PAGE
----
Monday, December 25, 2006


A friend, a senior, company mate in College. A great guy, very athletic I must add. Always smiling, always laughing. I received 2 SMS from OP Azudin and OP Dr Wan Nik while I was in Kuching.
12 May this year, we were with many younger OPs and friends cycling to Endau Rompin National Park. OP Mat Tahir, was the oldest, the envy of every one for his athletic and youthful body and face, after all these years.
24 Aug 06, together with OP Azmi Hamid, I visited OP Mat Tahir in his house. He welcomed us at the door, slightly slimmer. Just discharged from his operation a week earlier. We spent a good 2 hours with him, chatting about everything and nothing.
We exchanged SMS a few times after that.
14th Dec 2006, I visited him with Azuddin and Frank in HUKM. Stayed with him for about 1 hour. Frank did most of the talking. Azuddin & I did most of the listening. I wouldn't be able to visit him alone. I will not know what to say or do.
His wife, his children and 1 cucu were in the room. Said good-bye, held his hand like a brother. I wished I had held it longer.
18th Dec, 2006 OP Mat Tahir left us. That's life - so fragile

We'll miss you too OP Mat Tahir. May Allah bless your soul.

Sunday, December 24, 2006


For 2 days on 18th and 19th Dec, I was in Kuching. Together with Teo and Grace, we were conducting a Leadership Training program for a GLC.

20th Dec was my return to KL. I had time to kill. My flight back from Kuching would leave at 7pm. I actually had much more time to kill. The flight finally left at 11pm.

After a 2 successful days , I was ready to explore the Kuching waterfront, while scouting for breakfast. Perhaps something local, something different from the usual breakfast menu of the hotel.

At the waterfront, the boats were busy criss-crossing the river, carrying office-workers to earn their daily food. What a difference. The pace of life appeared slower than the fast-flowing current of the river. The boatman was just too eager to smile for me. His boat roof served as a panel for advertising, to augment his daily income of RM1 per person that he charged for his service. I hope the boat will continue its tradition.

Suprisingly, no stalls were opened at the waterfront in the early morning. The wet market however appeared on sight. What an excellent opportunity to capture the locals. The stomach can wait.

Kuching is clean, literally. This city puts a lot of other cities of Malaysia to shame. Even the ice sold for consumption is hygenic!

I was also fascinated with the neat arrangements of the veges and can't help but capture them.

An Indian lady smiled for the camera, selling Indian spices.

Then it was Little India, a well-preserved street mall. The authorities have done an excellent job of retaining the old charm. The Indians were still there, as cloth merchants. So were others. I had my Murtabak breakfast, in a Malay warong!

Oh those cute colorful windows. Reminds me of the French Quarters in New Orleans

And what would Sarawak be without their Mee Kolok. This Chinese Mee Kolok cook bears some resemblance with someone :-(

While browsing in an antique shop, I chanced upon an employee of Shell. Must have worked in UK cos he's paid in Pounds. He must have loved his employer so much. Or, was he an ex-employee

I also chanced upon a cute coffee shop, which prides in its own roasted coffee beans. Stomach full, but cannot resist the charm of this cute place, or was it the charm of the Sarawak lass manning the shop? Owner, Mr Chang appeared to me as a nature lover. He wasn't at the shop but left plenty of his love for nature in the shop - t-shirt prints, photographs, post cards and a write-up of his coffee-beans -- LIBERICA COFFEE and ROBUSTA COFFEE. The Sarawak lass blended me both types in one cup and with kaya toast to accompany the coffee, I had my early lunch all for less than RM5.00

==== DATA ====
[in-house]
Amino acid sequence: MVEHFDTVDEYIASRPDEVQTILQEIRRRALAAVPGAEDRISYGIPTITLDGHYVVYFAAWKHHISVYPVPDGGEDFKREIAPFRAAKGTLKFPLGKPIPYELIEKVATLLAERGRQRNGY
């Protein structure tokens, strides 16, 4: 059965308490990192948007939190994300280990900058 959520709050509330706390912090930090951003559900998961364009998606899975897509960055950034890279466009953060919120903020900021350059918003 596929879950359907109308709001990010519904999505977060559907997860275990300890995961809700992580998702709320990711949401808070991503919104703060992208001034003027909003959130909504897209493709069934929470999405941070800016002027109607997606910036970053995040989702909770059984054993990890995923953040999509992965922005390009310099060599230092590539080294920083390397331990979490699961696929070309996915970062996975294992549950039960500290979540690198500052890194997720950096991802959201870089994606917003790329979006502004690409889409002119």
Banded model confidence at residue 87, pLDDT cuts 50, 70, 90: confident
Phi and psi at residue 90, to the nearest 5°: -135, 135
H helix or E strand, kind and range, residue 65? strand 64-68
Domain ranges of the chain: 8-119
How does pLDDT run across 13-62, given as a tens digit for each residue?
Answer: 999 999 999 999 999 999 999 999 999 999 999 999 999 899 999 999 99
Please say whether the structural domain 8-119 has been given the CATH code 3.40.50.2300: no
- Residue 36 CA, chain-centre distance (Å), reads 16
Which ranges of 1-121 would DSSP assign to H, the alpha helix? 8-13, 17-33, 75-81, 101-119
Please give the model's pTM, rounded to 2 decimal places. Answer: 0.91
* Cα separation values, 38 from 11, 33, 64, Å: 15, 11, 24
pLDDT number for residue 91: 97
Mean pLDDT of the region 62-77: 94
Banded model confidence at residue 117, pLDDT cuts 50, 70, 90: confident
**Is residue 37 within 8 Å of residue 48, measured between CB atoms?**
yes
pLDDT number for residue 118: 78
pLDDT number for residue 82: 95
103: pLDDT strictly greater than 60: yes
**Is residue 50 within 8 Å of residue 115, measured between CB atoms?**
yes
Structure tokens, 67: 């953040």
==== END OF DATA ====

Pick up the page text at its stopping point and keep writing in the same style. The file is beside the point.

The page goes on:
Time wasn't really on my side to meet all the multi-racials. But I managed to meet 4 of them - 2 Bidayuh, 1 Iban and 1 Orang Ulu. Let me introduce them to you.

Next came the China Town. Several Pagodas later, I was heading back to the hotel. A satisfying morning walk.

I must add that the Sarawakians drive in no haste. Horns are a rarity in use. However, don't wrongly park. YOU will be towed away!

Thursday, December 14, 2006


3 days on the road and lazing in Kota Bharu, I accepted the opportunity to go wet - a boat trip down one of the rivers, Sungai Pengkalan Datu which eventually leads out into Kuala Besar and the open sea.

Kampong Tanjung Kuala is situated close to this river mouth and home to the classic hand-made Perahu Kolek. The community of fishermen goes about their life in the usual unhurried fashion. I was there at late afternoon, long after the catch has arrived and sold. Fisherfolks were in their usual jovial mood passing their time at the Wakaf, the "empty talks" in their Kelantanese dialect that the "Orang Luar" or outsiders will be left guessing.

Perahu Kolek is indeed a work of art. These boats are solid, made of the Chengal wood. To protect the wood from weather and sea, these boats are painted, many times over with vibrant colors and designs. Owners pride themselves in this work of art. I chanced upon one fisherman proudly painting his boat while a nephew was drawing a new design. It's an experiment, said him. He did the non-artistic part of painting the strips. The nephew was experimenting his skill as a batik painter.

The work-in-progress of the batik design is another work of art. The batik painter did not sketch the design prior. He painted straight on, confidence built over the years painting straight onto batik cloth.

Up close of the Perahu Kolek, one can notice the designs and colors at various parts of the boat. The Bangau at the front of the boat is like a mascot. It boasts of different shape, design and colors. Here I post a few of them

Sunday, December 10, 2006


Wrapping up 2006 with a ride back home to Kota Bharu seems just right for the itching bottom. It was a hasty plan hatched during the fasting month, too fool-hardy to attempt in Ramadzan but equally crazy to do in the monsoon month of December. But Mahmud, my younger brother from Kota Bharu was just as crazy. It was to be a "brotherly" ride for two, me born 8 years earlier and therefore in position of authority!!

Original plan was to do the 400kms journey from Bentong to Kota Bharu via Kuala Lipis-Gua Musang-Krai. However, consideration was given to the impending monsoon, the no-shoulder mountainous roads from Kuala Lipis to Gua Musang and the huge lorries that shuttles between these two towns carrying anything from logs to gas tanks. The "adult" in these 2 kids saw a revision of the plan, equally exciting but lesser cycling.

The revised plan was to cycle from Bentong to Kuala Lipis and then catch the slow Mail Train to Dabong for an overnight stop. Day 2 cycle from Dabong via the internal road to Jeli and swing to the East-West Highway to Tanah Merah. Day 3 a leisurely ride to the capital town of Cik Siti Wan Kembang-- Kota Bharu.

DAY 1 - 4th Dec 2006 (BENTONG - KUALA LIPIS - DABONG (by train))